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News : Irish Economy Last Updated: May 27, 2014 - 9:10 AM

Irish Jobs Data 2013/ 2014: Finfacts' doubts were proven right; Bruton was wrong
By Michael Hennigan, Finfacts founder and editor
May 26, 2014 - 2:52 PM

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Irish Jobs Data 2013/ 2014: Finfacts' doubts about the data that was published in March in respect of 2013 were proven right when the CSO reported today that total employment at end of March 2014 was 22,000 below the published count at end December 2013. At a press conference in April which I had attended, Richard Bruton, enterprise and jobs minister, rejected any doubts about the data.

On a seasonally adjusted basis, employment rose by 1,700 (+0.1%) in the quarter. This follows on from a seasonally adjusted increase in employment of 10,600 (+0.6%) in Q4 2013.

The CSO reported last March that total employment had grown by 61,000 in 2013 to 1,910,000 while today, the agency reported that employment was at 1,888,000.

Most economists went with the flow and ministers were distributed a 'talking point' that jobs were being created at a rate of 5,000 a month -- the CSO had issued a caveat about its 27,000 annual jump in employment in 'Agriculture, fisheries and forestry' but that was ignored.

Besides, there was no net jobs creation in January-December 2012 and in the real world, suddenly jobs wouldn't have arrived like manna from the heavens in 2013. 

When I was back in Dublin I put it directly to Richard Bruton, enterprise and jobs minister, that the jobs data was unreliable but he rejected it out of hand - - it was too good a propaganda point to express doubts about.

In April, Prof John FitzGerald of the ESRI, had said that sectoral unemployment data was unreliable for the first time in 60 years.

Finfacts, March 2014: Irish Economy 2014: Did Ireland add 61,000 jobs in 2013?

  • Doubts remain about the data as "Agriculture etc." in the eral world did not add 14,000 jobs in the 12 months April- 2013-March 2014;
  • Some 85,000 unemployed or 4% of the workforce who are in public activation programs, are counted as employed or in education;
  • Self-employment (without employees) jumped by 16,000 in 12 months and the total is back to boom times -- there is no entrepreneurship miracle and many of these people likely are seeking proper paid work.

Conall Mac Coille, chief economist at Davy, commented: "At face value, today’s Irish labour market data are a little disappointing. Surveys of companies’ employment intentions and buoyant tax revenue growth pointed to a robust gain in employment in early 2014. But employment grew by just 0.1% in Q1 on the quarter, up 2.3% on the year. This marks a slowdown from the 3.3% annual rate of job creation recorded in Q4 2013. In addition, the unemployment rate has been revised up to 12.0% in Q1, albeit it is still estimated to have fallen to 11.8% in April, exactly in line with the euro-area aggregate.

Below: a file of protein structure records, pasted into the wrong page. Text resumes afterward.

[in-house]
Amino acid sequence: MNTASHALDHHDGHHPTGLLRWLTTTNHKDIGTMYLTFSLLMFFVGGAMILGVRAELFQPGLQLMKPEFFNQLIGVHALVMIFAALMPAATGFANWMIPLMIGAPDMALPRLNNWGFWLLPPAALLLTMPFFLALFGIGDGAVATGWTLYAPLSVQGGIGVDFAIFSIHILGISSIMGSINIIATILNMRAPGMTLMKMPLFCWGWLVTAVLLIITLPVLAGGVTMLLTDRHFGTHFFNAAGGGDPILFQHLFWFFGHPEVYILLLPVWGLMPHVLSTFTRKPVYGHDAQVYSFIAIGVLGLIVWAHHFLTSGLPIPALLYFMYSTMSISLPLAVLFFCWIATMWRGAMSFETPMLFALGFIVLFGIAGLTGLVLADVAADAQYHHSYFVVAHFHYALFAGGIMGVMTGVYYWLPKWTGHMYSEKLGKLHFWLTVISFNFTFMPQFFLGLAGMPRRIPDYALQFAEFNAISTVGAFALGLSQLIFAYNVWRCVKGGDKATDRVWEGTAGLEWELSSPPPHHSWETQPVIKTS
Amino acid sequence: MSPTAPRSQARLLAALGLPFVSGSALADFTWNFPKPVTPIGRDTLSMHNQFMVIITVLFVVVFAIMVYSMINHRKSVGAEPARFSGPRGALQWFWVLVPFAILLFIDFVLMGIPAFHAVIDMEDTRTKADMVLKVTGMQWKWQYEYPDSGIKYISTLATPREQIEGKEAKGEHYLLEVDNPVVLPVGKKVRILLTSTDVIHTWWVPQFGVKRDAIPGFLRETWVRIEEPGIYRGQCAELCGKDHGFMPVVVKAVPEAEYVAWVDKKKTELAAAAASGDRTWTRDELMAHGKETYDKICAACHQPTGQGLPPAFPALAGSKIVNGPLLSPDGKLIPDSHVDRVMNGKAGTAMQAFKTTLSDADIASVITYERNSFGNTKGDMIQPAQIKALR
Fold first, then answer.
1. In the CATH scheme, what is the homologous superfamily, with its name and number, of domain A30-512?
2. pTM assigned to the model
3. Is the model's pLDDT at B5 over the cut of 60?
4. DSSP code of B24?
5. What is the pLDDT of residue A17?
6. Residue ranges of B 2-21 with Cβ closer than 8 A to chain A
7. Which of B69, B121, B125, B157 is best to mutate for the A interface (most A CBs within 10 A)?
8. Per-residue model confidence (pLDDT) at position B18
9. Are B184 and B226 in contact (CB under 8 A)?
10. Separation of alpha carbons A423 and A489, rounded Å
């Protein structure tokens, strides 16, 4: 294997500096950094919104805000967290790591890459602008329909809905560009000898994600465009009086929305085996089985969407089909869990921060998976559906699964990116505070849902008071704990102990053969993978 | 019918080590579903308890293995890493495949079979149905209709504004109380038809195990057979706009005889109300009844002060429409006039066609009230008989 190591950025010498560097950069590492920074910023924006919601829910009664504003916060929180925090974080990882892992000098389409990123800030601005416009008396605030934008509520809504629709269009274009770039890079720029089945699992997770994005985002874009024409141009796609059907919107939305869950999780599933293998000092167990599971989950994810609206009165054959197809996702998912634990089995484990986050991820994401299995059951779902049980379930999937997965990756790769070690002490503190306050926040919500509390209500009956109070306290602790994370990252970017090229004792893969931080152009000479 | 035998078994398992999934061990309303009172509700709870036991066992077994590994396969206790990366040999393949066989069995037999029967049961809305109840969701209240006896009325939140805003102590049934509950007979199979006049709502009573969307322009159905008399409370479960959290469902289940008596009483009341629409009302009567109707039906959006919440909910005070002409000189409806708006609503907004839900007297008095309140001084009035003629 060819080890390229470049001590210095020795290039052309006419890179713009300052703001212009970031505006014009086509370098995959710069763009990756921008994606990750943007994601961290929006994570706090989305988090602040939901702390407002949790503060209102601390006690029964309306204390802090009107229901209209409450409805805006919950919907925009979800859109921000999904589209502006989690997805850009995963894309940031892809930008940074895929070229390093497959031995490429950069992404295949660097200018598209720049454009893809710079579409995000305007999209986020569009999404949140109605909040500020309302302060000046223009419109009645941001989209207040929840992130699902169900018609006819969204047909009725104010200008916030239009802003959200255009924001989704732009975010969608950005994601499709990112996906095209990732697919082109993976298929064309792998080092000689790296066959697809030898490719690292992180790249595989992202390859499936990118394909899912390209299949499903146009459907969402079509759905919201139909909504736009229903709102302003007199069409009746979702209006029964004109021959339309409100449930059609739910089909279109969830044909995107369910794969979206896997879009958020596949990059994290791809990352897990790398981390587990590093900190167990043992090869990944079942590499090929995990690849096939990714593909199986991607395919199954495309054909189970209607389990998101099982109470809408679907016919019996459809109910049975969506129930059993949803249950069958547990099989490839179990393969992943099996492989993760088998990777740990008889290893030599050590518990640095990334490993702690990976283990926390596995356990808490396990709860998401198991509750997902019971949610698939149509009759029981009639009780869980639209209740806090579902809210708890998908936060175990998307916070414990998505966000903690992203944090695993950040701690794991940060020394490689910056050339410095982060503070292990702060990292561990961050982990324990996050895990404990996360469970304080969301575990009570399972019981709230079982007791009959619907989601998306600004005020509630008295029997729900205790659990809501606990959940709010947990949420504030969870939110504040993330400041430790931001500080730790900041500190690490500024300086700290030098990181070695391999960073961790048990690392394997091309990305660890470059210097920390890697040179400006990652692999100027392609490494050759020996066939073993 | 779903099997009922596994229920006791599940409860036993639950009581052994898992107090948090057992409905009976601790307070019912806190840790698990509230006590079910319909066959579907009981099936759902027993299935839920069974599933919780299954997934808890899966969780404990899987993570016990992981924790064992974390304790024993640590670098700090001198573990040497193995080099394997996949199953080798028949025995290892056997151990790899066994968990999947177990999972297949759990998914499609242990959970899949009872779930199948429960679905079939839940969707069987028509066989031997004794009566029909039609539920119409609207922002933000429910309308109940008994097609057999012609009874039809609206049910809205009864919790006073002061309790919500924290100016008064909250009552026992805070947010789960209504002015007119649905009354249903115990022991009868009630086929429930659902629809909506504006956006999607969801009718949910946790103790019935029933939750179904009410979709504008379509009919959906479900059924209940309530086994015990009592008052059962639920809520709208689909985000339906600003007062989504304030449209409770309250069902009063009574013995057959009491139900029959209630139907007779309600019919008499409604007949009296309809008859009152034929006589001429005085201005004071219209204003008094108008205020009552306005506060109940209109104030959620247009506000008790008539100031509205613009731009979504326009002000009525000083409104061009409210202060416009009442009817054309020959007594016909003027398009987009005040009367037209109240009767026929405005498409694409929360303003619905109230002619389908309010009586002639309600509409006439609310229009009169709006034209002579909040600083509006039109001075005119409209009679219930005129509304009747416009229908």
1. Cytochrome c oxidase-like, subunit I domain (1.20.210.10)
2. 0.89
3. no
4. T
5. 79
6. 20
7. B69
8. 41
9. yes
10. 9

However, aggregate employment growth figures have been pushed down by weak part-time jobs data. The marginal 0.1% rise in Irish employment in Q1 was split between part-time employment down 1.0% on the quarter, and full-time work up by 0.4%. Full-time jobs are up 3.3% on the year but part-time jobs are down 0.8%.

This weakness in part-time work could relate to the retail sector, where employment fell by 5,900 on the year. However, the broader picture is that retail jobs appear to have levelled off around 270,000 and should benefit from the brighter outlook for consumer spending. As in the UK, part-time work in Ireland grew through the recession as full-time work fell away. It now appears that part-time work is being replaced by full-time employment. So, even after accounting for the fall in part-time work, the pace of full-time employment creation clearly moderated slightly in Q1.

At a sectoral level, Irish job creation remains reasonably broadly based. Manufacturing had contributed to jobs growth in 2013, but was down 0.4% in the year to Q1. In contrast, construction sector employment is up 6.2% and services by 1.7%. Within the services sector, employment rose in hotels and restaurants (13,500), information technology (+3,300), professional and scientific activities (11,800) and administration and support services (+3,000). Retail (-5,900), finance (-1,900) and health and social work activities (-3,200) detracted from employment growth, with the latter sectors hurt by public sector job cuts. Public sector jobs fell by 2,500 in the year to Q1 to 375,500, down 0.7%. In contrast, private sector jobs are up 2.6% on the year."

Brian Mandt, Ibec senior economist, said: "Companies remain confident in Ireland's economic development and continue to hire. An improving labour market should translate into greater consumer spending and further positive knock on effects across the economy.

"Today's figures are consistent with our forecast of a nearly 2% increase in private consumption this year. The improvement was broad based. Nine out of fourteen sectors contributed positively to the increase in overall employment. Strong increases were noted in professional, scientific and technical activities, as well as the accommodation and food service activities, but the financial sector continues to decline.

"Employment rose to 1,903m people in seasonally adjusted terms, the highest level since Q1 2010. It is particularly positive to see that all the new jobs have been full-time positions, which increased from 1.447m to 1.454m. Unemployment, on the other hand, continued its downward trend. Seasonally adjusted the unemployment rate is now at 12 %, the lowest level since Q1 2009.

Brian Mandt said employment so far have been the best indicator for the condition of Ireland's economy and should continue its positive performance in the coming quarters. 

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